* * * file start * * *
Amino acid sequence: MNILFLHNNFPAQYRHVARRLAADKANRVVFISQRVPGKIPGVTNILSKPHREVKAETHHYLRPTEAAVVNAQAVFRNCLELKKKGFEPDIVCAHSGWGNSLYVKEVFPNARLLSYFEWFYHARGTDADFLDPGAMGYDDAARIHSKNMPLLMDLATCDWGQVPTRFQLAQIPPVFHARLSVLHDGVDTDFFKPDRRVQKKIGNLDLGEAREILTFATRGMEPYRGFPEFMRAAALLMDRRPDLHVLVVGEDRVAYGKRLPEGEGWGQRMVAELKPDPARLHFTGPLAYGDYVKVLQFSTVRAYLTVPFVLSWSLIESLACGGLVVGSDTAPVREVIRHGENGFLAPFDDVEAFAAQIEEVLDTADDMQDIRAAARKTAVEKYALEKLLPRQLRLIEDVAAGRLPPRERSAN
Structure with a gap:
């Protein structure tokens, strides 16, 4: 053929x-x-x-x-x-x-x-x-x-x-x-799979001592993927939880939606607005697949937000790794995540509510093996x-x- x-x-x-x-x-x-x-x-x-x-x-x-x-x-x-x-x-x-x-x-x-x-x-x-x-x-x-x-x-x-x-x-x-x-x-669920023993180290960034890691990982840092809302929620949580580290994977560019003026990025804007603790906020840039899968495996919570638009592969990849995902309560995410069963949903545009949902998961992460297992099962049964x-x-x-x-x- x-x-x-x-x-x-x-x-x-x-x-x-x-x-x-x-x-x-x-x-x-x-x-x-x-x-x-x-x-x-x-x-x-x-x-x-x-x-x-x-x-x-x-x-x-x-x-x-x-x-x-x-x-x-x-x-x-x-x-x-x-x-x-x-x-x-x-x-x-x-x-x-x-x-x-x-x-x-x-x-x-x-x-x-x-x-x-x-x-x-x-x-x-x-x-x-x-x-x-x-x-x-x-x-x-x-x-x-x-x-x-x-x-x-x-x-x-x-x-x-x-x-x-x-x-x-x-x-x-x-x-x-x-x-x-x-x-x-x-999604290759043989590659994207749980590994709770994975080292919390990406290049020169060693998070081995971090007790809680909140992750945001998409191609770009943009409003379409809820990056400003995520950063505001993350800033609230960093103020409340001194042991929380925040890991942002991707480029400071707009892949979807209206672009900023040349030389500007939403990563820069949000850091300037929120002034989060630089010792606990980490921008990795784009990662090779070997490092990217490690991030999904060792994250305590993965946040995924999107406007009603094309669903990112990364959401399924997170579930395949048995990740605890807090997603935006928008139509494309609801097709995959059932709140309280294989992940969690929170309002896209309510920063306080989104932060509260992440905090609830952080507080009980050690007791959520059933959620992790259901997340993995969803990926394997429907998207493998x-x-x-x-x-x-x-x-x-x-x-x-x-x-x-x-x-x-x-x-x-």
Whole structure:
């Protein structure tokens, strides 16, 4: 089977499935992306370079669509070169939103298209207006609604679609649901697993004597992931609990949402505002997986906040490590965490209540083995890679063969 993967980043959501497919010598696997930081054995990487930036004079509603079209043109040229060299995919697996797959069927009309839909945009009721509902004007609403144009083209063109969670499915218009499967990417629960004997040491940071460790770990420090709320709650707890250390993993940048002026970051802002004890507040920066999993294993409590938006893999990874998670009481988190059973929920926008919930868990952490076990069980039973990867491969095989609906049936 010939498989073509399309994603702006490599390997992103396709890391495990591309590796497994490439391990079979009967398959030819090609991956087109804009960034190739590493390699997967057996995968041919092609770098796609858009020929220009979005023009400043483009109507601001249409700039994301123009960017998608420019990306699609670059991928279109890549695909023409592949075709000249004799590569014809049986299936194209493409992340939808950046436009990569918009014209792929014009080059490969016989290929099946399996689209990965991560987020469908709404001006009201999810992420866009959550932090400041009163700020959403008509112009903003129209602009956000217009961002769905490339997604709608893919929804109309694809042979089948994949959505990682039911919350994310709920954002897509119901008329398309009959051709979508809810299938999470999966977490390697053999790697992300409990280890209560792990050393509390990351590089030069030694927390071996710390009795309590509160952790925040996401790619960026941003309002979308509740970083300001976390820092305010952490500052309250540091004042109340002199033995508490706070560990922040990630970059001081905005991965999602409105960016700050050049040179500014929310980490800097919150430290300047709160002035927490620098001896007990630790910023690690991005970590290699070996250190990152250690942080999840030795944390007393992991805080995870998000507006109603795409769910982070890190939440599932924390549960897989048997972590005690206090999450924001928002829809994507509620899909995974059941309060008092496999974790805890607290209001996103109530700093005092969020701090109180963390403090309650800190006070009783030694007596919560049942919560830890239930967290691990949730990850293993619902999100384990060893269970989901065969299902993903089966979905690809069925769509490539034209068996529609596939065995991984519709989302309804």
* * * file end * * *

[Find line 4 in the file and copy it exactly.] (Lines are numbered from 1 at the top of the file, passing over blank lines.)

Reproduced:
Whole structure: